Column

BEWARE OF THE BEARS

Despite SARS and Iraq, this is a good time to invest in the global economy

DONALD COXE April 21 2003
Column

BEWARE OF THE BEARS

Despite SARS and Iraq, this is a good time to invest in the global economy

DONALD COXE April 21 2003

BEWARE OF THE BEARS

Column

DONALD COXE

Despite SARS and Iraq, this is a good time to invest in the global economy

IT MAY SEEM to be a good time for bears. The stars—and SARS—seem aligned for grim news.

For apocalyptically inclined bears, the news could hardly be more satisfying. Three of the Four Horsemen (War, Death and Pestilence) are now rampant, and global weather patterns have been so erratic that Famine could be on the way. When deaths in Toronto from SARS are reported to be in the range of combat deaths of U.S. troops on a bad day in Iraq, it’s a bonanza for bears. (Come to think of it, why trust epidemiologists when they’re so bad at naming plagues? In the old days, the English gave pandemics splendid names like Black Death, or for syphilis The French Disease. Now, we get a redundantly monikered severe acute respiratory syndrome from the people who gave a hideous plague the seemingly reassuring name of AIDS.)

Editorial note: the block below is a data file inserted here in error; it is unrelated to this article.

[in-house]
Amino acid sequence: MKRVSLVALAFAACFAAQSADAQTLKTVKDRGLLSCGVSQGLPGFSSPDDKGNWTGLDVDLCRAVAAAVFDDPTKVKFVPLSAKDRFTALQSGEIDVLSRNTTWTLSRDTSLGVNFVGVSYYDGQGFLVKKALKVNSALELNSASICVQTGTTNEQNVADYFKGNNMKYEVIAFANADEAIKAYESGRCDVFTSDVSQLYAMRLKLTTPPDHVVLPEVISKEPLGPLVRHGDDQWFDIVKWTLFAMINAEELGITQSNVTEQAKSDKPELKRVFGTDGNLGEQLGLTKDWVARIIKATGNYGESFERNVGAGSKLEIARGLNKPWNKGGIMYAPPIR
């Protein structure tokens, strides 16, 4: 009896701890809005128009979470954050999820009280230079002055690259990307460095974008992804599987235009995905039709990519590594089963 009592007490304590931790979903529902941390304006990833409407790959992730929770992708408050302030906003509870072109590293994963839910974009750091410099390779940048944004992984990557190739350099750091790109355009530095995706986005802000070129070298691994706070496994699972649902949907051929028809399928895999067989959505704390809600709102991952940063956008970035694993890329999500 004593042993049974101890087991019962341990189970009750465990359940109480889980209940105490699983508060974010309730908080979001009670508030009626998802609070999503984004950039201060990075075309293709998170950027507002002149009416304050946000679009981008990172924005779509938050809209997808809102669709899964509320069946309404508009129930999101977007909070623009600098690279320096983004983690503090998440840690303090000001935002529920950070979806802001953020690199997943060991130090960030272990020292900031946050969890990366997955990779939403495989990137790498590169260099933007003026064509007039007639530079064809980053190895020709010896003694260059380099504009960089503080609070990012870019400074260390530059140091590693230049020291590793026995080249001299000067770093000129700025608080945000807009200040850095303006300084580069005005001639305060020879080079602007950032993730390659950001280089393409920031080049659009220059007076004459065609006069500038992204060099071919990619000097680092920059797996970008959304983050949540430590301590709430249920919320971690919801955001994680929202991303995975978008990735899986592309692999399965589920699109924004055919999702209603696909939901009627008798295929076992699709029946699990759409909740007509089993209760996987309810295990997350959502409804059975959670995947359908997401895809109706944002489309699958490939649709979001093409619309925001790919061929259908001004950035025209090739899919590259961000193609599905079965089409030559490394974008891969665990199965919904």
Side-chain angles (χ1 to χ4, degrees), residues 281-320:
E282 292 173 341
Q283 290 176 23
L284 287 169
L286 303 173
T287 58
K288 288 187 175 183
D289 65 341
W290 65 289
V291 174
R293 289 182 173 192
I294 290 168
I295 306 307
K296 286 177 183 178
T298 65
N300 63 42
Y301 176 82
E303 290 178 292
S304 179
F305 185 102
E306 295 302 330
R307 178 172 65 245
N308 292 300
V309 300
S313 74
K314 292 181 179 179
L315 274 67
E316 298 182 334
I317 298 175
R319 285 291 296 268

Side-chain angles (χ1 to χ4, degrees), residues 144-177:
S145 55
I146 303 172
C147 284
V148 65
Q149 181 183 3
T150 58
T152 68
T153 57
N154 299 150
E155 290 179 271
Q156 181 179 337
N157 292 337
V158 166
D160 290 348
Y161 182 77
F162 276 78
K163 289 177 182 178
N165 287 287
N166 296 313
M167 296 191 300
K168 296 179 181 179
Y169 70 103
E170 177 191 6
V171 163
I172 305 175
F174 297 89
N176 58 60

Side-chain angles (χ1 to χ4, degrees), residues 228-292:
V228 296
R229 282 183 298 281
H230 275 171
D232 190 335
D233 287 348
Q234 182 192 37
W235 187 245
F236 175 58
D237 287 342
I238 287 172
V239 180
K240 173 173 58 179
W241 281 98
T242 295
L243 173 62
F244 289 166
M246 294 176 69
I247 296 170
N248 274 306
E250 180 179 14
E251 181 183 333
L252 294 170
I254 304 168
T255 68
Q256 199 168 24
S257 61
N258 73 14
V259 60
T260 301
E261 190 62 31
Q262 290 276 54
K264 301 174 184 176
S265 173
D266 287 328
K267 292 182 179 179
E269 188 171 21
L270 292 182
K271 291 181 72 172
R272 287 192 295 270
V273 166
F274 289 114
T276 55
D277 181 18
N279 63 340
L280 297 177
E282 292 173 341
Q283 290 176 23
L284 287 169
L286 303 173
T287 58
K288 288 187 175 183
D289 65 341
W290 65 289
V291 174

The outbreak of SARS has apocalyptic resonance for the airline and travel industries. Since 9/11, these major employers have been suffering. Things got a bit better during the winter, then came the really bad news. You can catch a possibly fatal disease in a plane or a hotel room; that Asian man coughing near you may have come from Guangdong province, where the only figures on the death toll come from a government determined to understate them.

There is never a good time for a new plague, but this one comes as the global economy emerges from recession. That downturn was the punishment inflicted by the crash of technology and telecom stocks. Most economists had been optimistic that this would be the year when U.S. capital spending would kick in and the economy could be gradually taken off its life support of near record-low interest rates—including, most conspicuously, zero charges on automobiles. In recent months, even that giveaway was losing its lustre, and Detroit has been getting desperate about finding other inducements to move cars.